AppearanceThe common side-blotched lizard is a species of small iguanid lizard. Males can grow up to 60 mm from snout to vent, while females are typically a little smaller. The degree of pigmentation varies with sex and population. Some males can have blue flecks spread over their backs and tails, and their sides may be yellow or orange, while others may be unpatterned. Females may have stripes along their backs/sides, or again may be relatively drab. Both sexes have a prominent blotch on their sides, just behind their front limbs. Coloration is especially important in common side-blotched lizards, as it is closely related to the mating behavior of both males and females.
ReproductionFemale side-blotched lizards lay clutches with an average of 5.1 eggs and a maximum of 9 eggs in a single clutch. Smaller clutch sizes, often associated with yellow-throated females, have an increased frequency of eggs bursting upon being laid or egg binding, suggesting an upper physiological limit to how much a female can invest in each individual egg she lays.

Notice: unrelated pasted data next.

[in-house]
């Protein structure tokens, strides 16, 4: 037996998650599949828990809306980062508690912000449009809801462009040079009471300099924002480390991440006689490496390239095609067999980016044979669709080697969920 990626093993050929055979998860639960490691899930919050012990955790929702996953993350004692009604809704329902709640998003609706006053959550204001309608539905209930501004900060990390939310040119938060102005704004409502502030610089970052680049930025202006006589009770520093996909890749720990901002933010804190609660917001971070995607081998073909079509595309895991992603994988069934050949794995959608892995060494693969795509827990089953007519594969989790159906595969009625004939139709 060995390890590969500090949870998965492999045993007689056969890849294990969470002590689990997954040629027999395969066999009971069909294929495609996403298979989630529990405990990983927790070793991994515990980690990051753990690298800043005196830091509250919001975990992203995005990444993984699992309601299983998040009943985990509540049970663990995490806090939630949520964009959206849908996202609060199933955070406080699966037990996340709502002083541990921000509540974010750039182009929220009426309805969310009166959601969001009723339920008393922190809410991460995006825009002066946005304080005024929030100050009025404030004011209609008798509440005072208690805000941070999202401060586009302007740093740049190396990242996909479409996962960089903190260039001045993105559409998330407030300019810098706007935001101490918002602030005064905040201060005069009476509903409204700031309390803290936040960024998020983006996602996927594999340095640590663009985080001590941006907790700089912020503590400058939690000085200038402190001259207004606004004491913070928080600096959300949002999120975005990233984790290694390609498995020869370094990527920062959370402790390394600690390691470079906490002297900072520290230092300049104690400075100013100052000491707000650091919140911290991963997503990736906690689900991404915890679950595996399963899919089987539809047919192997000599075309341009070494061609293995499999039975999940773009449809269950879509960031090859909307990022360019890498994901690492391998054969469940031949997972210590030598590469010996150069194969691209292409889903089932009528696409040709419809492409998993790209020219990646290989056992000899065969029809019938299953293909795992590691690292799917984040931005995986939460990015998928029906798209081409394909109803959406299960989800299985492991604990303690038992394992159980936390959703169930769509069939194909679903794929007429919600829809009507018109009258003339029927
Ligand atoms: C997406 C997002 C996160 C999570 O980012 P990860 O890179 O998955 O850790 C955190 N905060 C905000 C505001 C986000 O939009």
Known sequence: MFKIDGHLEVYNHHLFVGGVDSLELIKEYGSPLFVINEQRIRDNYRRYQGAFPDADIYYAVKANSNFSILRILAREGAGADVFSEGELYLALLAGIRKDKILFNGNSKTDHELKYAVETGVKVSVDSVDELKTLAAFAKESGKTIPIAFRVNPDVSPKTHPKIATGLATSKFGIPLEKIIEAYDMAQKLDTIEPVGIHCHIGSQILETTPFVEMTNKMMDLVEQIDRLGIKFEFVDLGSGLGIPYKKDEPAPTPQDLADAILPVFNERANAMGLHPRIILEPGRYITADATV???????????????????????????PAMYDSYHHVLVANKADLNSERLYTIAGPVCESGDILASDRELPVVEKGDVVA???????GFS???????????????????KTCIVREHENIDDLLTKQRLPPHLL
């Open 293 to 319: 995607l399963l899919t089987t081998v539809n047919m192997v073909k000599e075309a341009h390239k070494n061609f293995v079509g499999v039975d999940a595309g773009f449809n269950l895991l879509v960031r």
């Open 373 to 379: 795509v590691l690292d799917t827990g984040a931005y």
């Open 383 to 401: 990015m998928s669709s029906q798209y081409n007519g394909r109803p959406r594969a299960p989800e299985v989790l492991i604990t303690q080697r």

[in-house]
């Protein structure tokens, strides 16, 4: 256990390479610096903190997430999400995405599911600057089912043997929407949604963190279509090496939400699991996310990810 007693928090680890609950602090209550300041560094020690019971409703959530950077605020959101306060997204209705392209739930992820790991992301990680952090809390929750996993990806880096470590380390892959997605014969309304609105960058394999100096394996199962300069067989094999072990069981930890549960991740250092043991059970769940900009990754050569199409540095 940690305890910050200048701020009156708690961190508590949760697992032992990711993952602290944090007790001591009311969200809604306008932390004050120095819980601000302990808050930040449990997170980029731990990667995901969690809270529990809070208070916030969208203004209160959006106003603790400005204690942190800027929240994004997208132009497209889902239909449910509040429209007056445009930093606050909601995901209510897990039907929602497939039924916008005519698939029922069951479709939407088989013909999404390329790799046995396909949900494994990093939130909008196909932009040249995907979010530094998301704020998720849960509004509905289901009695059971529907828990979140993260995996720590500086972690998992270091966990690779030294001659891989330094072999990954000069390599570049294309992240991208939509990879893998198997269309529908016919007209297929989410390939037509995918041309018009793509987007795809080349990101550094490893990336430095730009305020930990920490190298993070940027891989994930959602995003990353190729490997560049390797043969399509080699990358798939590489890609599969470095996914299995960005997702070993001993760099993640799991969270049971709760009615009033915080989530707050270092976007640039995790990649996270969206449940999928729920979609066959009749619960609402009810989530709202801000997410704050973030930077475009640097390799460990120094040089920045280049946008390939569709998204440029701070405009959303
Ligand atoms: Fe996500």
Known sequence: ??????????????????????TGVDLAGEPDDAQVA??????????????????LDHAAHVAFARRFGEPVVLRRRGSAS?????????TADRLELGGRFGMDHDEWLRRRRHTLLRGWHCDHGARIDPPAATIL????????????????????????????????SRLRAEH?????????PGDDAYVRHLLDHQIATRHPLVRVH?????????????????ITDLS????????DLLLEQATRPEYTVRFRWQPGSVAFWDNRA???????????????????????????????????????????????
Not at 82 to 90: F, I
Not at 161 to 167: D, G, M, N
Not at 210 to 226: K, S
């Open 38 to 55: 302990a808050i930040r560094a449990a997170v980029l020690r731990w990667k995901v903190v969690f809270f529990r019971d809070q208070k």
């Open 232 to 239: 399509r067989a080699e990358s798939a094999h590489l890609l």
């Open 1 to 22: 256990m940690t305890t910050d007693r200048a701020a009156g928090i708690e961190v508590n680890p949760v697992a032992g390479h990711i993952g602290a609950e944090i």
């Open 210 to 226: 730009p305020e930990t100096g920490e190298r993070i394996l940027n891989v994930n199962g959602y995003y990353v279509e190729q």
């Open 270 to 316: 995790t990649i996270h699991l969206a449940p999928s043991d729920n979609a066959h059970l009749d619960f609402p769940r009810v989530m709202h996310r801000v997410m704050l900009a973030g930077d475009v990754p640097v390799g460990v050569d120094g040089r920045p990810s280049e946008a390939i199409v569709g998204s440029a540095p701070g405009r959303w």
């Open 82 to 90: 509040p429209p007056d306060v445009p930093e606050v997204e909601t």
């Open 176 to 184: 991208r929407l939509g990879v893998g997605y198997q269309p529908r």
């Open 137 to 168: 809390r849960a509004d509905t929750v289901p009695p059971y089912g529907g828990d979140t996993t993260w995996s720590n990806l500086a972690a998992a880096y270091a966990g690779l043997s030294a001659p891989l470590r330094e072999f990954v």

FoodSide-blotched lizards display feeding behavior which can be influenced by sex or season. In a study conducted by Best ''et al''., these lizards were found to consume diets largely based upon arthropod populations within the area, within a given season. These populations vary by year, and different arthropod populations will fluctuate seasonally. The study showed a correlation between sex and diet, giving way to a number of theories that speculate why gender has an effect on feeding behavior and diet. One mechanism proposes the behavior differences depend on gender, such as guarding territories and attracting mates, are responsible for, or a contributing factor in, feeding behavior. Alternatively, the sexual difference in feeding behavior could also act in favor of reducing intraspecific competition for resources, with individuals eating prey appropriate for their respective size .
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